It’s easy to see why Guerra was one of the key pieces coming back to San Diego when they dealt Craig Kimbrel to Boston last November. Guerra has double-plus defensive tools that have him projecting as an elite defender at the shortstop position. He has an extreme smoothness to his actions and incredible body control to go with a plus arm and lightning quick first step. His bat, however, is not nearly as advanced, and it will take some time before it catches up to the defense. The ingredients are there however – he has a very simple set-up with little pre-pitch movement, and has a level, line-drive stroke with above-average hand speed. That said, he has had some swing-and-miss throughout his short professional career, with a 112:30 K:BB ratio in 2015 and striking out 23% of the time so far in 2016 (64:15). He appears to be comfortable hitting down in the count, but tends to get passive with his at-bats to a fault at times, not jumping on some mistakes in the zone that he should handle. Some of that I attribute to his low motor, and how easy he makes everything look. Ultimately though, he will need to be more aggressive in the zone, and that should come as he matures and develops his approach.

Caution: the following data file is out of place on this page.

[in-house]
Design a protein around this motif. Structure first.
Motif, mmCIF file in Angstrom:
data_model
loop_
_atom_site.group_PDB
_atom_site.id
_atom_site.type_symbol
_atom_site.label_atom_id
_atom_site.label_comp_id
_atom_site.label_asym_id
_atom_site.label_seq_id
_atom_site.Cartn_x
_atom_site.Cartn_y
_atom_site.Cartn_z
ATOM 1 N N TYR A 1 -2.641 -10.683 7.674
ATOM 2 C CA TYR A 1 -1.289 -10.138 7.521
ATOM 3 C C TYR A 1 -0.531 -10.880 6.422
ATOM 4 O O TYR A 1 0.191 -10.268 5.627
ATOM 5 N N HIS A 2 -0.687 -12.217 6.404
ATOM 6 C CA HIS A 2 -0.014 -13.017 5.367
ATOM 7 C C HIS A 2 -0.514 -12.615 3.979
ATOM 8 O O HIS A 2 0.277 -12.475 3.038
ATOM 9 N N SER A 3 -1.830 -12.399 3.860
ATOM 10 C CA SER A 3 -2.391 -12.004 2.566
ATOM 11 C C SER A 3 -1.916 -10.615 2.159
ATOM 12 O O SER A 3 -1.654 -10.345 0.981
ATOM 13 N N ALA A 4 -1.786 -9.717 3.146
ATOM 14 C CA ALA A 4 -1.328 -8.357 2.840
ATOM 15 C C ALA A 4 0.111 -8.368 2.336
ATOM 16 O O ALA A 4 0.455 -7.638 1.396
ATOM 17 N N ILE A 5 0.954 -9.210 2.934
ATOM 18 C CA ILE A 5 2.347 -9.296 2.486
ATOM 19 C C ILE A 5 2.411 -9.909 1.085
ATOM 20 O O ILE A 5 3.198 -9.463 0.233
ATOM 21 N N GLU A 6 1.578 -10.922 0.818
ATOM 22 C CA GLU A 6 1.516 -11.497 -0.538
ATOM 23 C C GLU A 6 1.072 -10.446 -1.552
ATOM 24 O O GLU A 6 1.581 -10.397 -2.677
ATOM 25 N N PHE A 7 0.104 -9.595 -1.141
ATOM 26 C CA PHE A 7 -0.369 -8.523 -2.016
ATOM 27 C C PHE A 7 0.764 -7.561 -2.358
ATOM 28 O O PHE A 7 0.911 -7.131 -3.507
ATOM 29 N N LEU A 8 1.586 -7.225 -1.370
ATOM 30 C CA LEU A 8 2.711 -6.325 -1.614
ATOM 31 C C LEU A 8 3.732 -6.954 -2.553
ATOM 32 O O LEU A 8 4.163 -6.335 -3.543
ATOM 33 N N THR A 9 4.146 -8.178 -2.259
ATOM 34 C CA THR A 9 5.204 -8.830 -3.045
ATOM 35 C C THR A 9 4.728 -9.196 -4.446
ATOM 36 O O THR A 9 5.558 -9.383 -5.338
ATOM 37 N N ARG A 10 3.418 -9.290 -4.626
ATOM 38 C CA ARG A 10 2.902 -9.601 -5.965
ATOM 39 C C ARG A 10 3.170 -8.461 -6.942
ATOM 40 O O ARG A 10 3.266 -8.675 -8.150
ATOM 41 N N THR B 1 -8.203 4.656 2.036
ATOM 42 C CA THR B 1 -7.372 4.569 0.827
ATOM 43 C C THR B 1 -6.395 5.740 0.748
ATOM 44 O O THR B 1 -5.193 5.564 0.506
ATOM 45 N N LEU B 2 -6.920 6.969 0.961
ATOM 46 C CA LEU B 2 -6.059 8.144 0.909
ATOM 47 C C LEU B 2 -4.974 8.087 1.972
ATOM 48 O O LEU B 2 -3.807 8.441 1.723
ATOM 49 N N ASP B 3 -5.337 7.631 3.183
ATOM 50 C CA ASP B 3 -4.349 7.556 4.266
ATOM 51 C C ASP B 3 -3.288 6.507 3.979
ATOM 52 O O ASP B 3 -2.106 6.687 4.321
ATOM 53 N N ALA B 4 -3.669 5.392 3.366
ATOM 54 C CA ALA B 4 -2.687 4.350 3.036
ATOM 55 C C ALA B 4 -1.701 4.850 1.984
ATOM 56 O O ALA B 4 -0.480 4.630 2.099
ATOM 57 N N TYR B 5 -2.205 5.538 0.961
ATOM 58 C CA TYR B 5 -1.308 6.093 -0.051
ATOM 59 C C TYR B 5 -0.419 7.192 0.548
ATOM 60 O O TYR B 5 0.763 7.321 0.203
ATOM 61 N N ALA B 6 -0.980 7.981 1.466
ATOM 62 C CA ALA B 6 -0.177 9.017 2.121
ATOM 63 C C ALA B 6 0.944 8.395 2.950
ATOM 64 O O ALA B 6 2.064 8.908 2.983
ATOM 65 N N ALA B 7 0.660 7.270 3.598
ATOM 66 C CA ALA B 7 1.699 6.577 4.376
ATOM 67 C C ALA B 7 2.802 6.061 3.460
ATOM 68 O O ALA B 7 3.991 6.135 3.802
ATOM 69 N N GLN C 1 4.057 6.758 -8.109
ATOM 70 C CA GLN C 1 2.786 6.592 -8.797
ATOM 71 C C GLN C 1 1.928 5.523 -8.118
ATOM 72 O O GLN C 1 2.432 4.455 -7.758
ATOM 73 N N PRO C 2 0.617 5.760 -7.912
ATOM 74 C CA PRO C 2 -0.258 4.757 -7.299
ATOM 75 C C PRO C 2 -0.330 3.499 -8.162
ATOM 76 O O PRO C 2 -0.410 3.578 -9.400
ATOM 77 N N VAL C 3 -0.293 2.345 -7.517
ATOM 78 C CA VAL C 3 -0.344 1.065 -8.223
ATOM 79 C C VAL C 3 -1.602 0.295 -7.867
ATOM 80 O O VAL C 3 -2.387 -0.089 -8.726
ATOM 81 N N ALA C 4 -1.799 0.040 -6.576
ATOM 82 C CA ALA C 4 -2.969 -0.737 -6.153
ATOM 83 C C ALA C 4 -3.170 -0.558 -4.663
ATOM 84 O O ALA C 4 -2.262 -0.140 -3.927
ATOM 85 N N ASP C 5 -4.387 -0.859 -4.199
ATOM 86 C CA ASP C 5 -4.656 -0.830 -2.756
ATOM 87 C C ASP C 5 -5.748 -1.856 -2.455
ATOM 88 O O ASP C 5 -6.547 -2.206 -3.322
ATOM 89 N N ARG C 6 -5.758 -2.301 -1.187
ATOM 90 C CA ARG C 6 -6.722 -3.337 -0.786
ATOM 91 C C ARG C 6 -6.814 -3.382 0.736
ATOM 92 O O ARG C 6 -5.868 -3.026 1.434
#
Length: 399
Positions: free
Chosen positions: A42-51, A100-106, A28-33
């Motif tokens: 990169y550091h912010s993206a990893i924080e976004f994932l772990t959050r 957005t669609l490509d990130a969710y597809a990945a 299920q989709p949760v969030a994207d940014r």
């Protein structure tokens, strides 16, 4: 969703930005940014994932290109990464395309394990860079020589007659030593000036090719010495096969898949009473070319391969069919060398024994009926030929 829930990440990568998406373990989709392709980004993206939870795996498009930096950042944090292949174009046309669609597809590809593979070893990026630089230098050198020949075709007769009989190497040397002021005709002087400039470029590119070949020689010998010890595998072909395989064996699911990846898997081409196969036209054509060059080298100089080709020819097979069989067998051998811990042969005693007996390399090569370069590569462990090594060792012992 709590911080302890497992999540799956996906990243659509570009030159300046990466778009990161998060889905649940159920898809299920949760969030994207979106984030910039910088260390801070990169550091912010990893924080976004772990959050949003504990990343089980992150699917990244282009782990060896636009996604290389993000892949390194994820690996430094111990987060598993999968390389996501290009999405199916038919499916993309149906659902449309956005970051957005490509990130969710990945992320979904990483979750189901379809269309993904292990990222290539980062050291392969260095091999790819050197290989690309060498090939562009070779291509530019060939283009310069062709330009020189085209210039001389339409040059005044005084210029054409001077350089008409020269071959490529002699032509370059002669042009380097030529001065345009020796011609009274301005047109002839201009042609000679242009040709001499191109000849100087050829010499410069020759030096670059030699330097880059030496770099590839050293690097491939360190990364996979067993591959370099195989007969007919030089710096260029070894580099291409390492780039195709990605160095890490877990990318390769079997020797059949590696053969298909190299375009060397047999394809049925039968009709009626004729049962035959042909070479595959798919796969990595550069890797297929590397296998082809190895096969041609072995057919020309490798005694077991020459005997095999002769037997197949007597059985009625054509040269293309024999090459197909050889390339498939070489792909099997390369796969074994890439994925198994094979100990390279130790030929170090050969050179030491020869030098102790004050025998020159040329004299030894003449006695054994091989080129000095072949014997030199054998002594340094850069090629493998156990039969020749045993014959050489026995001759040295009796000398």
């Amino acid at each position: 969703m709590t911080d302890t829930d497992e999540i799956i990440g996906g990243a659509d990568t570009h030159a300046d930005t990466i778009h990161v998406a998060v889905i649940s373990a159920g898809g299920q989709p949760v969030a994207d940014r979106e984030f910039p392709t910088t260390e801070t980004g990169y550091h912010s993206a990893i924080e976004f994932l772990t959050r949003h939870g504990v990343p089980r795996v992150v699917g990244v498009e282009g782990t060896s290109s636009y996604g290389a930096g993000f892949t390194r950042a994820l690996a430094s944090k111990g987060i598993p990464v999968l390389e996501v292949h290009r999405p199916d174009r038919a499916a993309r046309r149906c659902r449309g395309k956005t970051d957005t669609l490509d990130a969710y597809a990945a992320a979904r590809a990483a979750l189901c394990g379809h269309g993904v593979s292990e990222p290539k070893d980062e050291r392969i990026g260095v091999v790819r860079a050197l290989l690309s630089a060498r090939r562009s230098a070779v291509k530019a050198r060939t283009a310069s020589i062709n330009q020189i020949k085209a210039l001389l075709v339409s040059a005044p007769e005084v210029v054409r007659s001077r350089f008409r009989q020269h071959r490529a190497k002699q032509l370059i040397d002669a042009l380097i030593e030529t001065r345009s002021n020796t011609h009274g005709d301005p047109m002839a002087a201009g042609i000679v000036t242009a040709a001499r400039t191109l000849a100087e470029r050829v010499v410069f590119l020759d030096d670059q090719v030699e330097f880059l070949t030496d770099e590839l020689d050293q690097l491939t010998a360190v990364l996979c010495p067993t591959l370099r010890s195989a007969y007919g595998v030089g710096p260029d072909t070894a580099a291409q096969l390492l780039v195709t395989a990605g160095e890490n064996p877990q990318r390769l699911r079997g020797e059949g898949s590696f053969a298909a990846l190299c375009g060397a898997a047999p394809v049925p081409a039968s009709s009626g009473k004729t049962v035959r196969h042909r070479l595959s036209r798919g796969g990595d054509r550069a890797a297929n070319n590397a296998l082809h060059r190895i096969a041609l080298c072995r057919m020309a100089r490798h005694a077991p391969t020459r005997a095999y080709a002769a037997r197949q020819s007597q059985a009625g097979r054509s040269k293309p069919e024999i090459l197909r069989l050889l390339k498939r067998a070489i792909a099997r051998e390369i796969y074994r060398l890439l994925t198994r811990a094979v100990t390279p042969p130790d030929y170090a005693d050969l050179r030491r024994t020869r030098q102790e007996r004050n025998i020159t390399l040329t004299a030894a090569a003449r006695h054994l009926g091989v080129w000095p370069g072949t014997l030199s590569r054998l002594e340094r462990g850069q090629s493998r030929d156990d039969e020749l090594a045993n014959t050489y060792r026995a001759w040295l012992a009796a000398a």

As is sometimes the case with young players that are plus athletes, Guerra can sometimes get a little too lackadaisical, and lose focus on routine plays that cause some unforced errors (he has 12 errors already through 46 games), and see him give away some ABs. He has never really struggled before, and when you factor that in with this being his first organizational shift and it can be a lot to handle for a young player. While I cannot speak to what that type of pressure feels like, I imagine it can be significant (see Erick Mejia, SS, High A Rancho Cucamonga for a similar scenario).
He has a very slender, wiry frame, but has some muscle structure now and plenty of room to get stronger without sacrificing his athleticism. He hit 15 HRs and 23 doubles last season, so he does have some pop. His slugging is down a bit so far in 2016 (four HRs and eight doubles), but he doesn’t turn 21 years old until September, and he’s still learning how to make adjustments. He doesn’t project to be a huge home run threat, but 10-15 HRs in the big leagues is not a stretch, and should be able to find gaps on a consistent basis. Boston seems to have a knack for finding shortstops with elite defensive abilities like Jose Iglesias (now with Tigers), and Xander Bogaerts. Guerra has a ways to go before catching those two, but it is fun to dream.